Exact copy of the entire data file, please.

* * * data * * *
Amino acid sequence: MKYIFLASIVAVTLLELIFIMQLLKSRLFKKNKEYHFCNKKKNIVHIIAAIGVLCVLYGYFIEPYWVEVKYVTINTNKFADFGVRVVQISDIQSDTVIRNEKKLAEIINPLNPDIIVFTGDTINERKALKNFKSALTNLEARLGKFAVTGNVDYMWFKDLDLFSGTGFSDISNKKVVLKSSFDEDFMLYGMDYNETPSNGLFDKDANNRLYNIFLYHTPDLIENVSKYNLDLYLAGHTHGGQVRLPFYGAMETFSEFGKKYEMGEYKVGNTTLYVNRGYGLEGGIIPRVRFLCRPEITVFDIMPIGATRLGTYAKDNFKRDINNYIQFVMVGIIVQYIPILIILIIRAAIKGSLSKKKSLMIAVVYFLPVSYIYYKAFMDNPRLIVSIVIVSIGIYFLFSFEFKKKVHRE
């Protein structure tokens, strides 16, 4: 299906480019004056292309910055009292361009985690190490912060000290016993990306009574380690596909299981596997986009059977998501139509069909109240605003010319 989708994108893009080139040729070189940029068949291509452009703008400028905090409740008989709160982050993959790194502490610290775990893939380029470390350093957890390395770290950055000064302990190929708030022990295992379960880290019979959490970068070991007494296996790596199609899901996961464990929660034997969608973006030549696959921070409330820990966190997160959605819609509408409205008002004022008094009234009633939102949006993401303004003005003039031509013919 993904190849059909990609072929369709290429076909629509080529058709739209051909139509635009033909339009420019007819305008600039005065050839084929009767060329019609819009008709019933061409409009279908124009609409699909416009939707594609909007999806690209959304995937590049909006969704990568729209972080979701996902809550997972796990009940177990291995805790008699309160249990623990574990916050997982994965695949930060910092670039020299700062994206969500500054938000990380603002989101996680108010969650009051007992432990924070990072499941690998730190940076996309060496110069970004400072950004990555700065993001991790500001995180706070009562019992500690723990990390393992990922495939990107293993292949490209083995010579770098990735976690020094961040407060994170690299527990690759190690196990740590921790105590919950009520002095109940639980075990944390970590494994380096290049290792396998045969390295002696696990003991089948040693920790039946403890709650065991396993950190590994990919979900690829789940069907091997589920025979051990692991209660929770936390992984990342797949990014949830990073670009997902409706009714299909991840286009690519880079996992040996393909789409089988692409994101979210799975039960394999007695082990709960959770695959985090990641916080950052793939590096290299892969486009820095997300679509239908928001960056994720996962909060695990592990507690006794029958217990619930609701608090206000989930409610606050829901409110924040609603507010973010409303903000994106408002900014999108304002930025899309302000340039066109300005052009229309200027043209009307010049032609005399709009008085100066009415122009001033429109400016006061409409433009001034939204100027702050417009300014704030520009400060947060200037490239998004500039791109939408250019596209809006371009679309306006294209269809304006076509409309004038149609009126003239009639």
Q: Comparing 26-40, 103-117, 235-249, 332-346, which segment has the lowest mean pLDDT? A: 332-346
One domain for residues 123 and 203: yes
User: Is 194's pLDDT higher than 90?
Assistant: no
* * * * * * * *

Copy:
Amino acid sequence: MKYIFLASIVAVTLLELIFIMQLLKSRLFKKNKEYHFCNKKKNIVHIIAAIGVLCVLYGYFIEPYWVEVKYVTINTNKFADFGVRVVQISDIQSDTVIRNEKKLAEIINPLNPDIIVFTGDTINERKALKNFKSALTNLEARLGKFAVTGNVDYMWFKDLDLFSGTGFSDISNKKVVLKSSFDEDFMLYGMDYNETPSNGLFDKDANNRLYNIFLYHTPDLIENVSKYNLDLYLAGHTHGGQVRLPFYGAMETFSEFGKKYEMGEYKVGNTTLYVNRGYGLEGGIIPRVRFLCRPEITVFDIMPIGATRLGTYAKDNFKRDINNYIQFVMVGIIVQYIPILIILIIRAAIKGSLSKKKSLMIAVVYFLPVSYIYYKAFMDNPRLIVSIVIVSIGIYFLFSFEFKKKVHRE
């Protein structure tokens, strides 16, 4: 299906480019004056292309910055009292361009985690190490912060000290016993990306009574380690596909299981596997986009059977998501139509069909109240605003010319 989708994108893009080139040729070189940029068949291509452009703008400028905090409740008989709160982050993959790194502490610290775990893939380029470390350093957890390395770290950055000064302990190929708030022990295992379960880290019979959490970068070991007494296996790596199609899901996961464990929660034997969608973006030549696959921070409330820990966190997160959605819609509408409205008002004022008094009234009633939102949006993401303004003005003039031509013919 993904190849059909990609072929369709290429076909629509080529058709739209051909139509635009033909339009420019007819305008600039005065050839084929009767060329019609819009008709019933061409409009279908124009609409699909416009939707594609909007999806690209959304995937590049909006969704990568729209972080979701996902809550997972796990009940177990291995805790008699309160249990623990574990916050997982994965695949930060910092670039020299700062994206969500500054938000990380603002989101996680108010969650009051007992432990924070990072499941690998730190940076996309060496110069970004400072950004990555700065993001991790500001995180706070009562019992500690723990990390393992990922495939990107293993292949490209083995010579770098990735976690020094961040407060994170690299527990690759190690196990740590921790105590919950009520002095109940639980075990944390970590494994380096290049290792396998045969390295002696696990003991089948040693920790039946403890709650065991396993950190590994990919979900690829789940069907091997589920025979051990692991209660929770936390992984990342797949990014949830990073670009997902409706009714299909991840286009690519880079996992040996393909789409089988692409994101979210799975039960394999007695082990709960959770695959985090990641916080950052793939590096290299892969486009820095997300679509239908928001960056994720996962909060695990592990507690006794029958217990619930609701608090206000989930409610606050829901409110924040609603507010973010409303903000994106408002900014999108304002930025899309302000340039066109300005052009229309200027043209009307010049032609005399709009008085100066009415122009001033429109400016006061409409433009001034939204100027702050417009300014704030520009400060947060200037490239998004500039791109939408250019596209809006371009679309306006294209269809304006076509409309004038149609009126003239009639």
Q: Comparing 26-40, 103-117, 235-249, 332-346, which segment has the lowest mean pLDDT? A: 332-346
One domain for residues 123 and 203: yes
User: Is 194's pLDDT higher than 90?
Assistant: no